Main Page | See live article | Alphabetical index

John Wyndham

Table of contents
1 Introduction
2 Biography (incomplete)
3 Bibliography (incomplete)
4 External Links


John Wyndham (July 10, 1903 - March 11, 1969) was the pen name used by the apocalyptically oriented British science fiction writer John Wyndham Parkes Lucas Beynon Harris. In his earlier writings, he used various combinations of his names, and in one example, The Outward Urge, actually pretended to be two collaborating authors.

His book The Day of the Triffids was possibly the origin of the style of British science fiction described as the "cozy catastrophe" in which everyone is killed except for a handful of middle-class survivors. Though this was his most famous book, adding the word "triffid" to the English language, several of his other books are proving to be more durable:

The Midwich Cuckoos depicts a small village in which, during 24 hours when the inhabitants are unconscious and the village is cut off from the outside world, all the women of child-bearing age mysteriously become pregnant, eventually giving birth to golden eyed children with telepathic abilities. It was filmed as Village of the Damned (1960), with (unusually for a science fiction film) the plot being kept fairly close to the book. There is also a remake in colour by John Carpenter, starring Christopher Reeve in one of his last film roles before he was paralysed in a riding accident. There have also been several radio adaptations by the BBC, the most recent in 2003.

The Chrysalids, also known as Re-Birth, depicts a rural community in Newfoundland, several centuries after some nuclear war, with a religious obsession about eliminating those born with any genetic abnormalities. It follows a small group of cousins who realize their telepathic abilities have to be hidden, and their troubles when these are discovered. The novel was adapted as a BBC Radio 4 play in the early 1980s.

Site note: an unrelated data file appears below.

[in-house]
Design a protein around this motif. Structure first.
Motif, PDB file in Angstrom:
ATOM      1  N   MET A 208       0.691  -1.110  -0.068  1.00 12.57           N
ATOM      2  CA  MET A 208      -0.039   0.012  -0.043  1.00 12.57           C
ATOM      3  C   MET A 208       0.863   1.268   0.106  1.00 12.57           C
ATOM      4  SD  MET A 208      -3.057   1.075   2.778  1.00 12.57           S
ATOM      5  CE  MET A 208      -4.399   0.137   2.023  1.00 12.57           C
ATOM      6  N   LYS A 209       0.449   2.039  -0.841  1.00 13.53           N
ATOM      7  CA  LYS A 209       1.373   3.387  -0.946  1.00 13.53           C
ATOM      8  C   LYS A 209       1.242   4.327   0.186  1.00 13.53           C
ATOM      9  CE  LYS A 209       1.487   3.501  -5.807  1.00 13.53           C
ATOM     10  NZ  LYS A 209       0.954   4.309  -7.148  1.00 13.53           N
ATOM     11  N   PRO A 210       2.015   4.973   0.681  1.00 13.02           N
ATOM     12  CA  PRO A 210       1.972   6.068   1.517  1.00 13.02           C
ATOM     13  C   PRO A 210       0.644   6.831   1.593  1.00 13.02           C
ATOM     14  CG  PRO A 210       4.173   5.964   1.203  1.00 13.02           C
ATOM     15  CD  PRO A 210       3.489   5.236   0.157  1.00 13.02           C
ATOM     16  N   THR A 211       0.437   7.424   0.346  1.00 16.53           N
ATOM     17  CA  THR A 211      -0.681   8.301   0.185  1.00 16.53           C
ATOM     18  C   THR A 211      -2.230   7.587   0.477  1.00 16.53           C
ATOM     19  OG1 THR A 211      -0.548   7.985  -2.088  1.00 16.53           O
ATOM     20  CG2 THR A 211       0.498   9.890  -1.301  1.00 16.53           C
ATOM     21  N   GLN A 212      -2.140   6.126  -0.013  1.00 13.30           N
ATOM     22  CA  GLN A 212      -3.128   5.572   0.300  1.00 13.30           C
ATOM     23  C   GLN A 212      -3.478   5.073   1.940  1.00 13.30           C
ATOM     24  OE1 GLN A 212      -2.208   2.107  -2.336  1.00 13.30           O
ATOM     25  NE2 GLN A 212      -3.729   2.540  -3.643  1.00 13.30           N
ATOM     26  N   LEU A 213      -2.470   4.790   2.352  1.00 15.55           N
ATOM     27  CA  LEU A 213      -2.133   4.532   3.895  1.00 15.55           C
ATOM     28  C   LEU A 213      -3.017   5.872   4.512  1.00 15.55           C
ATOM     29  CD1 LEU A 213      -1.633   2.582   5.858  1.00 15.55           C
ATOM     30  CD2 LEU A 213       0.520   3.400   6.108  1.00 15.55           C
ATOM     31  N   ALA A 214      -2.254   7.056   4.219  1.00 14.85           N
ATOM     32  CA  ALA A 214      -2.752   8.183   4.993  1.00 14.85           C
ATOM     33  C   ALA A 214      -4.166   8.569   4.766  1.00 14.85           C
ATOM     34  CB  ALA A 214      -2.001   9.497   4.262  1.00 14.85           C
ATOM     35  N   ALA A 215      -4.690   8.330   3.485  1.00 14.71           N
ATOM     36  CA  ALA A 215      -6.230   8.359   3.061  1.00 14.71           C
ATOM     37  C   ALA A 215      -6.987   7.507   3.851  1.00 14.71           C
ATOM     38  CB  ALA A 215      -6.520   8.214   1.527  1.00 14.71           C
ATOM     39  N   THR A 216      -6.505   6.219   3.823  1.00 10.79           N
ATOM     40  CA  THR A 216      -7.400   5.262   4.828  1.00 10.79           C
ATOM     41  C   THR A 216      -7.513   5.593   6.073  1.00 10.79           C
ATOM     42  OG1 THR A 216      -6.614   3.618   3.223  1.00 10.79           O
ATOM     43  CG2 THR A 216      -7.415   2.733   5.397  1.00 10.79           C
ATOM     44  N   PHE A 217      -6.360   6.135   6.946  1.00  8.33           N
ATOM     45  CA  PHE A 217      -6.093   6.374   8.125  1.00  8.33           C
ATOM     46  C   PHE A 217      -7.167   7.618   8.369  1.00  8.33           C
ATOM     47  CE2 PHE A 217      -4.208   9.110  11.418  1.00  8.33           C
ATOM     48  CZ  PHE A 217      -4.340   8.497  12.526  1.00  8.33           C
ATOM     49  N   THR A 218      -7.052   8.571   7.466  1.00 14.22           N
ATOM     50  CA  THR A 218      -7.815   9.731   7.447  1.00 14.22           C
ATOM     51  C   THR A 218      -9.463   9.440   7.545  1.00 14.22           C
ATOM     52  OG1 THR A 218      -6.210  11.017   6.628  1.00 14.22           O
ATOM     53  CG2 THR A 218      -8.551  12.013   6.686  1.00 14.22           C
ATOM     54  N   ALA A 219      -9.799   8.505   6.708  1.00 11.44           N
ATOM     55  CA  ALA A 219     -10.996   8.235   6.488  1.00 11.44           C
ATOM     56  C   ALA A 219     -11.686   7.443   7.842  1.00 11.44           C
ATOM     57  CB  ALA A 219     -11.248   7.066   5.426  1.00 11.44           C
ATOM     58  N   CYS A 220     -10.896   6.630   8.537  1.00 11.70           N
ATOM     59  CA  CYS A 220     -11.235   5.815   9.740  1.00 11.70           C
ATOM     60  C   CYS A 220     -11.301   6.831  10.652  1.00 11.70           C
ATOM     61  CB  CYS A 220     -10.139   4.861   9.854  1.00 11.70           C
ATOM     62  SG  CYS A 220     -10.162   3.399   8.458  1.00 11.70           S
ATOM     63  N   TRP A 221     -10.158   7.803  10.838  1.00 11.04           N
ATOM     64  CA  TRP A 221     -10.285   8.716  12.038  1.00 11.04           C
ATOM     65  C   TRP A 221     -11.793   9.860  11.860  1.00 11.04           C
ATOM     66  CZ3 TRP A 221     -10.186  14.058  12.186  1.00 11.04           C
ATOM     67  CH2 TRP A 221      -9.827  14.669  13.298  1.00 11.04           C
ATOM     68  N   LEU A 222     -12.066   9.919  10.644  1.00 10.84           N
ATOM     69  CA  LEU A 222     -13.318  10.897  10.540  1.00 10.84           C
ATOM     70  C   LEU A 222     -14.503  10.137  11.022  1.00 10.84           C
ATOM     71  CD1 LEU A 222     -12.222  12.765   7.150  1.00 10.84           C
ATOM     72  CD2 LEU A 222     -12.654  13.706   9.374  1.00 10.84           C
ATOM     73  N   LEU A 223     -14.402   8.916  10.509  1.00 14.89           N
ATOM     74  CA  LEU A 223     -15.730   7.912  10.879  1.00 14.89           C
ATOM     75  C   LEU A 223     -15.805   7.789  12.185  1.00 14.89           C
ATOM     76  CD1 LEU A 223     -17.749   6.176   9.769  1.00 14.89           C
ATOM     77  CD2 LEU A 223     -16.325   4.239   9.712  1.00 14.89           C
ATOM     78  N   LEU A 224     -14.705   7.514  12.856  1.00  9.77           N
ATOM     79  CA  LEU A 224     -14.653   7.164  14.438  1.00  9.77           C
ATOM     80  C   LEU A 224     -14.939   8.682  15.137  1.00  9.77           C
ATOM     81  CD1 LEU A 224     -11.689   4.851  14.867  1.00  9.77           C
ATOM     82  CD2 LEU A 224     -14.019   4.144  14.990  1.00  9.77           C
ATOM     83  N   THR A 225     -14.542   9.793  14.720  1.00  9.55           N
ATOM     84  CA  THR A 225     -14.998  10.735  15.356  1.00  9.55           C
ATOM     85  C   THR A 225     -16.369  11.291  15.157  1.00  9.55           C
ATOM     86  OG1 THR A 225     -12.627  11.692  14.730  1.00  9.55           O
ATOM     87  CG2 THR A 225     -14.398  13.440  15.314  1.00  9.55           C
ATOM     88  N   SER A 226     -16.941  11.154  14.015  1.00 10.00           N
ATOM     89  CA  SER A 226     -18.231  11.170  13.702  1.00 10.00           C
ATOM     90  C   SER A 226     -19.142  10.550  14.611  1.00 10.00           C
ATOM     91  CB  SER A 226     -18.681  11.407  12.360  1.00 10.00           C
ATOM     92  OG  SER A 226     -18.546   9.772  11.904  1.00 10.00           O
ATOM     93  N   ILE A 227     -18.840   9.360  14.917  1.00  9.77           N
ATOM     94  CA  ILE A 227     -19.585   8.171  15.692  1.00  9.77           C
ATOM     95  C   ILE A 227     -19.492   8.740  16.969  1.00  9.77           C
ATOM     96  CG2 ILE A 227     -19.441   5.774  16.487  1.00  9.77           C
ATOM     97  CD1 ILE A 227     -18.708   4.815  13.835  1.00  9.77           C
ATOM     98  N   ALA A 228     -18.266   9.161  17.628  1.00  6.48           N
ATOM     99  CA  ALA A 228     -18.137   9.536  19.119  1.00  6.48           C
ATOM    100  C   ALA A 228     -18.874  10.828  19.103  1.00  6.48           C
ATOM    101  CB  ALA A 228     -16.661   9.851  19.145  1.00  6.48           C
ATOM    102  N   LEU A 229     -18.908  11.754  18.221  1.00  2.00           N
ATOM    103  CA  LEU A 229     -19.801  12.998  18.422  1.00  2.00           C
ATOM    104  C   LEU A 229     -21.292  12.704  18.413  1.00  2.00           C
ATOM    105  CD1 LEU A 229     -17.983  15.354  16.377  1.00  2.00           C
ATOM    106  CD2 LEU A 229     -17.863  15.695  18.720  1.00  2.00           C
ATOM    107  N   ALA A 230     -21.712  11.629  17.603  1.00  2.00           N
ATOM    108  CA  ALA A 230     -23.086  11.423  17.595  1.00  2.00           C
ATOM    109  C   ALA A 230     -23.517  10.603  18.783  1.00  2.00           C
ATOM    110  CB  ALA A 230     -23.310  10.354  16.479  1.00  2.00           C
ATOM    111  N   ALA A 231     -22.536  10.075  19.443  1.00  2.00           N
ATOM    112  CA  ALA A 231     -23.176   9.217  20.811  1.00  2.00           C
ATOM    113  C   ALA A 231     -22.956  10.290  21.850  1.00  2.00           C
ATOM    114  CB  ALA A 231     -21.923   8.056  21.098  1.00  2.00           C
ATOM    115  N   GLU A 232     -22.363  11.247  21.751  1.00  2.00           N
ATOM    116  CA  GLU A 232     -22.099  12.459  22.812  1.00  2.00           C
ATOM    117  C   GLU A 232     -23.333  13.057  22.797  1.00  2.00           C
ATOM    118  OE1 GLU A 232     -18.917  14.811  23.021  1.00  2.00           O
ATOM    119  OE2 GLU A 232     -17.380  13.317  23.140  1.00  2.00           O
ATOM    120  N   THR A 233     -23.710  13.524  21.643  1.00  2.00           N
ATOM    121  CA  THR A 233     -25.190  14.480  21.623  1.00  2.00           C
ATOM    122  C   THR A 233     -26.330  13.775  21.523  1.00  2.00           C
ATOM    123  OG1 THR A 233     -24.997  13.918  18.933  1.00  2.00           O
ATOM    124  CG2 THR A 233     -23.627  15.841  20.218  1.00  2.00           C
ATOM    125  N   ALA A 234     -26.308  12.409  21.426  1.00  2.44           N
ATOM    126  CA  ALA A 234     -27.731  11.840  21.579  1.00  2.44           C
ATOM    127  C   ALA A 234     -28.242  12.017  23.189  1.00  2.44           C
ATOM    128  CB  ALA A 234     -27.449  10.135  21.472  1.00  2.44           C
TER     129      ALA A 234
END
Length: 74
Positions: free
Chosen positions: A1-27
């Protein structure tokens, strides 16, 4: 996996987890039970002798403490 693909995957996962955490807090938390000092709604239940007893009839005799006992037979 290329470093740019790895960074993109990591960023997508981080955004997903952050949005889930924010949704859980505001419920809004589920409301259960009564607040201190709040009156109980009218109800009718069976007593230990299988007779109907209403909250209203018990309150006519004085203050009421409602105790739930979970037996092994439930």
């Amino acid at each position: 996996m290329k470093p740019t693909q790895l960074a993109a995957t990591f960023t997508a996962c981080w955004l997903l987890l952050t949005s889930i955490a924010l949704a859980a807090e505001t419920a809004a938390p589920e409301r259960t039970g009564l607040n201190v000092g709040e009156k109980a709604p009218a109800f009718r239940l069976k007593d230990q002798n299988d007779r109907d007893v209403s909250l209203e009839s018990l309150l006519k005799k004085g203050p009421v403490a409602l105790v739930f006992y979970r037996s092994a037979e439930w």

All of Wyndham's novels have an air of old-fashioned Englishness which is either quaint or stuffy, depending upon one's point of view.

Biography (incomplete)

Wyndham was born in the village of Knowle in the county of Warwickshire, England. His father (George Beynon Harris) and mother(Gertrude Parkes) were separated when he eight years old, after which he and his brother, the writer Vivian Beynon Harris, had no settled home.

He grew up in a series of english boarding schools staying longest at Bedales (1918-1921), which he left at the age of 18.

Despite this, his brother Vivian says: "He had a wonderful childhood and teenage time."

After leaving school he studied farming for a while, changed his mind about going to Oxford University and tried several ways of earning a living, but mostly relying on an allowance from his family. He eventually turned to writing for money in 1925. Throughout the 1930's he wrote many stories, mainly for American periodicals. He wrote some detective stories as well as science fiction.

Between 1940 and 1943, Wyndham was a civil servant with the British Government, working in censorship. He went into the army, where he was a Corporal Cipher Operator in the Royal Signal Corps, in time to participate in the Normandy landings.

In 1963 he married Grace Wilson. The couple lived out their lives near Petersfield, Hampshire, England, just outside the grounds of Bedales School.

Bibliography (incomplete)



External Links